Lymphoid leukosis is a neoplastic (tumour causing) viral infection of chickens. The infection is found worldwide and is known to exist in virtually all chicken flocks except for some SPF (specific pathogen free) flocks from which it has been eradicated. Globally, the frequency of infection has been reduced substantially in the primary breeding stocks of several commercial poultry breeding companies. In recent years this control program has expanded, and infection has become infrequent or absent in certain commercial flocks. The frequency of avian leukosis tumours, even in heavily infected flocks, is typically low (<4%), and disease is often not apparent in infected flocks. However, mortality can be high in affected birds, and up to 1.5% excess mortality per week has been reported in commercial broiler-breeder flocks naturally infected with an avian leukosis virus.
Affected birds show non-specific clinical signs including reduced feed intake, weakness, diarrhoea, dehydration, weight loss, depression and reduced egg production. Palpation often reveals an enlarged bursa of Fabricius and sometimes an enlarged liver. The disease can cause damage to the immune system which increases susceptibility to other diseases.
A subclinical disease syndrome characterised by depressed egg production in the absence of tumour formation is more important economically than mortality from lymphoid leukosis.
The incubation period for lymphoid leukosis is 4-6 months. Therefore, the disease is not usually seen in broiler flocks.
Lymphoid leukosis is caused by certain members of the leukosis/sarcoma group of avian retroviruses. These viruses are commonly called avian leukosis viruses and belong to subgroups A, B, C, D, E, and J. Subgroups A and B have been most prevalent in western countries, until the emergence of subgroup J.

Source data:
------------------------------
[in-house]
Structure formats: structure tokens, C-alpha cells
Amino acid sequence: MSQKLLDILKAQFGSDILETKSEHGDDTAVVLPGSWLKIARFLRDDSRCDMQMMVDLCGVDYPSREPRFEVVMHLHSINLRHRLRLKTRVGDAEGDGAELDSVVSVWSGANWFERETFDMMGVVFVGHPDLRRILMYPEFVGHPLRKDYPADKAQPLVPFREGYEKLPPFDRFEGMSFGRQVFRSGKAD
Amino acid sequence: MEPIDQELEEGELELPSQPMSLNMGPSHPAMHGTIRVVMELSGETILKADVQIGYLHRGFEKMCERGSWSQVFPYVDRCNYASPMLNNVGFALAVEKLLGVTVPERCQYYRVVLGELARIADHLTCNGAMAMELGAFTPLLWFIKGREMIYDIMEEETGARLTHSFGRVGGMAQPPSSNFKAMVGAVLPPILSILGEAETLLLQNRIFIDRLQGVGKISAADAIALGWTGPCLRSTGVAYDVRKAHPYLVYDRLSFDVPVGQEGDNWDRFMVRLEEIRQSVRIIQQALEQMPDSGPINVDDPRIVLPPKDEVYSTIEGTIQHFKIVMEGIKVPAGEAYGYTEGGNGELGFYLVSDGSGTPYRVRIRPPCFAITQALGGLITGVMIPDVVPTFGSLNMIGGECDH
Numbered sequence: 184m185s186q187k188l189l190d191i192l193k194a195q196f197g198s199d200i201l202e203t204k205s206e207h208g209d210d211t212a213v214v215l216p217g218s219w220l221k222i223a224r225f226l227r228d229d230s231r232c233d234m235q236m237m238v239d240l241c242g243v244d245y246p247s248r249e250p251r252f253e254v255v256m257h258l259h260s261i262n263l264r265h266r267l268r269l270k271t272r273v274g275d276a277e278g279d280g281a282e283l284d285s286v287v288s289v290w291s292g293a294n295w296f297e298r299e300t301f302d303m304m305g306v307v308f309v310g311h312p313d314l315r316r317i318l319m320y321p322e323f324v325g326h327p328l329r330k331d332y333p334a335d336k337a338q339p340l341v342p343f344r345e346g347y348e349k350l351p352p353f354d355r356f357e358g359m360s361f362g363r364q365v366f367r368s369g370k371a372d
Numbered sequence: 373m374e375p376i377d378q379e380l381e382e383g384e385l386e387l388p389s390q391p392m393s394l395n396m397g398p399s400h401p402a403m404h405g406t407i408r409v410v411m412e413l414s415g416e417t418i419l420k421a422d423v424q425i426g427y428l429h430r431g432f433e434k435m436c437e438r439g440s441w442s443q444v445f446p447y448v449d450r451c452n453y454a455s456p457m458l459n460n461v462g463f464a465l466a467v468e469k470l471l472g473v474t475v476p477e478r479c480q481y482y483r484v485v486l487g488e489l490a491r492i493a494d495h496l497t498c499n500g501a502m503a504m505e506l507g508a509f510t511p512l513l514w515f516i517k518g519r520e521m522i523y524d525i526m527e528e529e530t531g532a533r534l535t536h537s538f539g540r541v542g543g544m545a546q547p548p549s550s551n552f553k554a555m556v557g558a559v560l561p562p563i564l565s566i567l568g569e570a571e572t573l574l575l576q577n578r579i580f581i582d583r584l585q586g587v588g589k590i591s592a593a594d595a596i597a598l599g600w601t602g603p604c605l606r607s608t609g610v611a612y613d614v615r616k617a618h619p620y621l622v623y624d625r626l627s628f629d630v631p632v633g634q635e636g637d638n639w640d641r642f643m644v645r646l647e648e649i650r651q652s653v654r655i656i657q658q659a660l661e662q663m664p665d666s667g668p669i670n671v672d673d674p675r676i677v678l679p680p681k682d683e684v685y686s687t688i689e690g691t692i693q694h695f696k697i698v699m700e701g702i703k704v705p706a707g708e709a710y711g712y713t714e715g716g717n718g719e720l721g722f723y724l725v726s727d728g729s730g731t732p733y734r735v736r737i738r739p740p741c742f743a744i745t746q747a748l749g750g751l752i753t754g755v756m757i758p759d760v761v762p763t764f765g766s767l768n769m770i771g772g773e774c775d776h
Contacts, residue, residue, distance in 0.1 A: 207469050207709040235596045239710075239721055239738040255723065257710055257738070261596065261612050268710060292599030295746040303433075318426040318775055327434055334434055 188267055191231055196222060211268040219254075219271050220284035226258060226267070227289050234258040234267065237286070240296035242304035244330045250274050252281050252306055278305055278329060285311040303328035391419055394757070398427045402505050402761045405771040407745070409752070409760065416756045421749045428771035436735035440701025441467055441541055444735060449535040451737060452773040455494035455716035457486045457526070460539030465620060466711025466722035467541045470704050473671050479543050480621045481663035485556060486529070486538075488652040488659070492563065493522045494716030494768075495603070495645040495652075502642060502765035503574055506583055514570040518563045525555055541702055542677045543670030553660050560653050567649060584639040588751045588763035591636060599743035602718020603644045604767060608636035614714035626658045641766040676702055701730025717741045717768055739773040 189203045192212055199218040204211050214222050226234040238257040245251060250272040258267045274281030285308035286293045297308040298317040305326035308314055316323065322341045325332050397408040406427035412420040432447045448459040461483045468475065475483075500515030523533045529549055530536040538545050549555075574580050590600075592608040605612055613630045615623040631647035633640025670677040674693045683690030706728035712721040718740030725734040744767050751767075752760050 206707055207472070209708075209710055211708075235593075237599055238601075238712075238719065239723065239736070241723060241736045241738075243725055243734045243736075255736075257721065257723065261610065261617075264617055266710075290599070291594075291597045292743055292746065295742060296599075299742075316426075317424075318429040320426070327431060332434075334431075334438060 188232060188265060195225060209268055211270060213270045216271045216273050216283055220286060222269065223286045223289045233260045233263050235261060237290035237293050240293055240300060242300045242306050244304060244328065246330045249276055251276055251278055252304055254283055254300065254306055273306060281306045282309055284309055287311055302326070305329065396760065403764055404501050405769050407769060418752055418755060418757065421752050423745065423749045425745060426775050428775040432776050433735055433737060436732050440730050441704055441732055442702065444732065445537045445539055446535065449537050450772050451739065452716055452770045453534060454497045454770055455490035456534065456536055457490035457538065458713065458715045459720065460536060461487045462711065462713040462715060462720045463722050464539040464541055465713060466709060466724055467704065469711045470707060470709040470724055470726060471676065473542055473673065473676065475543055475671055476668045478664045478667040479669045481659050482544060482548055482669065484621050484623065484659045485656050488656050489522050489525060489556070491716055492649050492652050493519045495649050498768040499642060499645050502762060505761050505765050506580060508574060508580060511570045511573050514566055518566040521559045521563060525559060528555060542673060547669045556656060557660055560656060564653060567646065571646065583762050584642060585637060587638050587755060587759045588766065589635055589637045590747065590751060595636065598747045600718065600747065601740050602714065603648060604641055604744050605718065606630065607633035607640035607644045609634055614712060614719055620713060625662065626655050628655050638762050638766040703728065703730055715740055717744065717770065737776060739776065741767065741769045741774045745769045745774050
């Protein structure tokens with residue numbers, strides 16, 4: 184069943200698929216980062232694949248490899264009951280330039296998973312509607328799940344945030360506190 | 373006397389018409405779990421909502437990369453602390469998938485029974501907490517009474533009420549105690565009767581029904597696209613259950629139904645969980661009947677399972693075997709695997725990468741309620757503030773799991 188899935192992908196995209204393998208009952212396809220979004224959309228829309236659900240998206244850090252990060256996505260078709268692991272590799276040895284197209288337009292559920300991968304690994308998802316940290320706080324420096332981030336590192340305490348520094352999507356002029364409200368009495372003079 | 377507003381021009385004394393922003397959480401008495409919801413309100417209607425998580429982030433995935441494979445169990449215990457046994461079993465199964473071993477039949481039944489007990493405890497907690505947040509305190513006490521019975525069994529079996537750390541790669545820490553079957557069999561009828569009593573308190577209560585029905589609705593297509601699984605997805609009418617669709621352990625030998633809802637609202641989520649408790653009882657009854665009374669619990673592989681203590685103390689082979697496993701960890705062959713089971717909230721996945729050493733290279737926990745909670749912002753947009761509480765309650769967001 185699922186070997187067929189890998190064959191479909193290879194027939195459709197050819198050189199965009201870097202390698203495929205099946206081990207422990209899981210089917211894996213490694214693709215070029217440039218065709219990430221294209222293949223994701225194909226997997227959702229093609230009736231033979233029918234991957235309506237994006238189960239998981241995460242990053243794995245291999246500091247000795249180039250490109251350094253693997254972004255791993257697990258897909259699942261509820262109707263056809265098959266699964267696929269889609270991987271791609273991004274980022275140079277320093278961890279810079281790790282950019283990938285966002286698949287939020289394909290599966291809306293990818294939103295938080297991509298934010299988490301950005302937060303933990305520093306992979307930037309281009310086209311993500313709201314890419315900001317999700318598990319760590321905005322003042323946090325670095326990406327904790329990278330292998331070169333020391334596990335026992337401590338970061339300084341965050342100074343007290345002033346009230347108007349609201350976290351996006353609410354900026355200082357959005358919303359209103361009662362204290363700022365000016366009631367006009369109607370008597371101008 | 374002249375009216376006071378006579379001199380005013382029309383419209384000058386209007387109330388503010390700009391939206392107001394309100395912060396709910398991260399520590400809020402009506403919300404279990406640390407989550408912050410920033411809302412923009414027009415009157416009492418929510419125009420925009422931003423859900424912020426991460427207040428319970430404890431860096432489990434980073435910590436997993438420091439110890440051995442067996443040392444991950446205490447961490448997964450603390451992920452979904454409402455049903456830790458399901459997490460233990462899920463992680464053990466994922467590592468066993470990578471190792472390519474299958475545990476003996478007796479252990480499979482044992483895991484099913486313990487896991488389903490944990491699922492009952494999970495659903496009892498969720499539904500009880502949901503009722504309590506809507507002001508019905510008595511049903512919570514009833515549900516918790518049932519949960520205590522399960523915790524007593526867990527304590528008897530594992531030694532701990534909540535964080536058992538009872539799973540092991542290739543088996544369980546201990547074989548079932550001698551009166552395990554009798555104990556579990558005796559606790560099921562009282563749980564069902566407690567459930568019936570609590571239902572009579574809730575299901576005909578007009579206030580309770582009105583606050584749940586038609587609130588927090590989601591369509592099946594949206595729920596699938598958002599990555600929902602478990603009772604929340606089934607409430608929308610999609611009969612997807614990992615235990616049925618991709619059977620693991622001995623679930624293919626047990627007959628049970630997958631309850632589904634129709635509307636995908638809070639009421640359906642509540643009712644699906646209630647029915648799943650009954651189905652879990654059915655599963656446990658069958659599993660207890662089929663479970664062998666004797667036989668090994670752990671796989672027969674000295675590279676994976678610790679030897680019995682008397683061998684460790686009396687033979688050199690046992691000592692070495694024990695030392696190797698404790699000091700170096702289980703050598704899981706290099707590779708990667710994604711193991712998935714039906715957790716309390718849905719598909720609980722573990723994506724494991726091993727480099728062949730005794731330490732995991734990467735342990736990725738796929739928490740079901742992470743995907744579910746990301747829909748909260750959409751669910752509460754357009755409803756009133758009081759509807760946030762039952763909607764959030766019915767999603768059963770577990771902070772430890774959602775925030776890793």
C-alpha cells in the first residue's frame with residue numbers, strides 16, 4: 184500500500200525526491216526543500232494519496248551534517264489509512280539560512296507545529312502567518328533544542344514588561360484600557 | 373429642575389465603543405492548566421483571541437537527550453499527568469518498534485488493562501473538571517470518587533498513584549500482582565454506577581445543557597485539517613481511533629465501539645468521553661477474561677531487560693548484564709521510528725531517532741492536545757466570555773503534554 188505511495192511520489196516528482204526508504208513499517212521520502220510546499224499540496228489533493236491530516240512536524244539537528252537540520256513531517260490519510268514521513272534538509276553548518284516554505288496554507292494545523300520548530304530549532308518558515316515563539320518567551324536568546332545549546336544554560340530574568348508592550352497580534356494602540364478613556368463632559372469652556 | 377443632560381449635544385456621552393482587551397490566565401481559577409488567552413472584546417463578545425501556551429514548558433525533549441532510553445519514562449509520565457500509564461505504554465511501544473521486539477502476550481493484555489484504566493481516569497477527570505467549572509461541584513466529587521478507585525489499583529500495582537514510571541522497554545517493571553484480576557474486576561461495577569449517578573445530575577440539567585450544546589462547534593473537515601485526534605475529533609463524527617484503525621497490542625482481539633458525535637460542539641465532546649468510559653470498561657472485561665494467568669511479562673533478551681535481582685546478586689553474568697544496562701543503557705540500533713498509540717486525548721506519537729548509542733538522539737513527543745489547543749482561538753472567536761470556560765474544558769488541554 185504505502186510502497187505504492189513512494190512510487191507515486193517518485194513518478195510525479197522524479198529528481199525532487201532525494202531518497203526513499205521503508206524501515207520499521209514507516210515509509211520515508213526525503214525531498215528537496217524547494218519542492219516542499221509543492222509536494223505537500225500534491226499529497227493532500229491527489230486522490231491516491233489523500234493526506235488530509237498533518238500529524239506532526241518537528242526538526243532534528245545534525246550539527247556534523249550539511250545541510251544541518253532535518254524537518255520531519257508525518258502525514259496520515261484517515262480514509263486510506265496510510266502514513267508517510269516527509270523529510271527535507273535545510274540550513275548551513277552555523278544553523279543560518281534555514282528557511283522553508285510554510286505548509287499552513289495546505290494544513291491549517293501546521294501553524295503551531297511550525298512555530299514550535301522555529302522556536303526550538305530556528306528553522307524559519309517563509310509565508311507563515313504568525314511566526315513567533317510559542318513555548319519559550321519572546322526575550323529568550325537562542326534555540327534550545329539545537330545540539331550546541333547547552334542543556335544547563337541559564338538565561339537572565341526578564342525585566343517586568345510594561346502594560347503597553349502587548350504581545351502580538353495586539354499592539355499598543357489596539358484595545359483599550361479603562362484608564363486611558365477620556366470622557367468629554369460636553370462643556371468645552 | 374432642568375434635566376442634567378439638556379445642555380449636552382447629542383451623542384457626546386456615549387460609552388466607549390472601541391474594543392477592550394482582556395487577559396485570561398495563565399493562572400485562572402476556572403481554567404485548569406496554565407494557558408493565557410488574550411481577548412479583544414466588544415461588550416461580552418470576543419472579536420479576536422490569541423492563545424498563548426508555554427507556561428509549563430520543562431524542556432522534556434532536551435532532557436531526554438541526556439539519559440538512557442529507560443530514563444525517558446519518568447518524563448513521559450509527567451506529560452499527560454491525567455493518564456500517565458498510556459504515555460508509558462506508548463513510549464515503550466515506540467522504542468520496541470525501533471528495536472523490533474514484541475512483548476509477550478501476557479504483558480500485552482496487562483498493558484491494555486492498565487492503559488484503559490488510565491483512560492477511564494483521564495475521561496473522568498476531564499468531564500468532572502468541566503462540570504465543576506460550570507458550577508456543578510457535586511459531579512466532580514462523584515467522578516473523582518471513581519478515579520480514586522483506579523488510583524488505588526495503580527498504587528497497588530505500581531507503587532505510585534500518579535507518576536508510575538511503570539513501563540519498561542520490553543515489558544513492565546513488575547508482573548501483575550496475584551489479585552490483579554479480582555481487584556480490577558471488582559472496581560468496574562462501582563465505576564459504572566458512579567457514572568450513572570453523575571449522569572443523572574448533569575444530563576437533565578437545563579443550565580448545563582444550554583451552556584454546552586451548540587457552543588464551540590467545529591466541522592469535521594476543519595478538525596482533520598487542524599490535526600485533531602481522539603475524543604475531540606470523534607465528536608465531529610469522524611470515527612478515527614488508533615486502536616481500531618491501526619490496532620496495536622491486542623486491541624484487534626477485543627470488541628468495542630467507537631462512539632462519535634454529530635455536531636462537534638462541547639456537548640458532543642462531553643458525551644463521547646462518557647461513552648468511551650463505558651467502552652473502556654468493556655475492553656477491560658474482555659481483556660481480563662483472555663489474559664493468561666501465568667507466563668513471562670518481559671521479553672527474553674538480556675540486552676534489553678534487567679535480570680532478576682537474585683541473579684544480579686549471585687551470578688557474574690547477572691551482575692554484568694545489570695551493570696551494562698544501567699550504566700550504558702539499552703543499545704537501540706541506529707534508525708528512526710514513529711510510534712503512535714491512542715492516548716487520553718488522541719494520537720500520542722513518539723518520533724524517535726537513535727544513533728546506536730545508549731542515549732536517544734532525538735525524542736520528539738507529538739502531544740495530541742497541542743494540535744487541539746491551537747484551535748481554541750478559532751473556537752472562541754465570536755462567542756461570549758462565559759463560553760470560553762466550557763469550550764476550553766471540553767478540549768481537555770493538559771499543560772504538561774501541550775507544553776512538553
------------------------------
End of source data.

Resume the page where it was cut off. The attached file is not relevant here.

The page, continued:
The virus can be vertically transmitted (passed directly from parent to offspring). Hens with subclinical disease usually shed virus or viral antigen into the albumen of eggs. Chickens infected at hatching shed virus their entire lives. Horizontal transmission (spread from bird to bird) can occur by the faecal-oral route but is of secondary importance to vertical transmission. The causative viruses are rapidly inactivated at ambient temperature and on exposure to most disinfectants.
There is no treatment for lymphoid leukosis. Lymphoid leukosis appears to be controlled best by reduction and eventual eradication of the causative virus. Obtain chicks from breeder flocks free of the virus. Rear birds in isolation with adequate ventilation, follow good biosecurity and management procedures to prevent stress and control other diseases, and dispose of dead birds by composting, incineration or deep burial.
Some chickens have specific genetic resistance to infection with certain subgroups of avian leukosis virus, although genetic resistance is unlikely to replace the need for reduction or eradication of the virus. Thus far, vaccination for tumour prevention has not been promising. However, recombinant vaccines have been developed that can induce antibodies in breeders to ensure protective maternal antibodies in chicks and these may be useful to assist with eradication programs.
This unique presentation shows the fundamental structure and anatomy of the chicken
Now released in the App Store. Developed by the Poultry CRC. Have fun while learning about what makes a good egg.
Download for free in Australia
These lists contain organisations and individuals associated with the Australian poultry industry